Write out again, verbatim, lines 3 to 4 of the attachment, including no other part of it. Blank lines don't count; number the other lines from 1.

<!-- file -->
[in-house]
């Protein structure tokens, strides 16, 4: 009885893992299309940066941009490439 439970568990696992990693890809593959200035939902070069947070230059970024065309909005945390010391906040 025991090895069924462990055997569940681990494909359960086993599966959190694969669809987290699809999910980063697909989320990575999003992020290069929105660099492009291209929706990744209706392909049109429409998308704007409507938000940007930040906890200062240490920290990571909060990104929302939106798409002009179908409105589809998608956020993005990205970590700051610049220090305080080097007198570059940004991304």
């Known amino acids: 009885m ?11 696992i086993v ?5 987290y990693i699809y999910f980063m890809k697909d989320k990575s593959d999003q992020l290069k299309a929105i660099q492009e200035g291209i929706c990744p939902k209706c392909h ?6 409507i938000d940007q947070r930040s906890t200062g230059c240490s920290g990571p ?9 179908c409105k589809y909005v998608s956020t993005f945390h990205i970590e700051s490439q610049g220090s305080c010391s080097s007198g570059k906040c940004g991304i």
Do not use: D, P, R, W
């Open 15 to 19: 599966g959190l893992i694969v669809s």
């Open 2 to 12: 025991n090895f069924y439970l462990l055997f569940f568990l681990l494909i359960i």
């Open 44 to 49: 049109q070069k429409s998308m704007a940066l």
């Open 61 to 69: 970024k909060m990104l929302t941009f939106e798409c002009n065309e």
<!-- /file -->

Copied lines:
């Known amino acids: 009885m ?11 696992i086993v ?5 987290y990693i699809y999910f980063m890809k697909d989320k990575s593959d999003q992020l290069k299309a929105i660099q492009e200035g291209i929706c990744p939902k209706c392909h ?6 409507i938000d940007q947070r930040s906890t200062g230059c240490s920290g990571p ?9 179908c409105k589809y909005v998608s956020t993005f945390h990205i970590e700051s490439q610049g220090s305080c010391s080097s007198g570059k906040c940004g991304i």
Do not use: D, P, R, W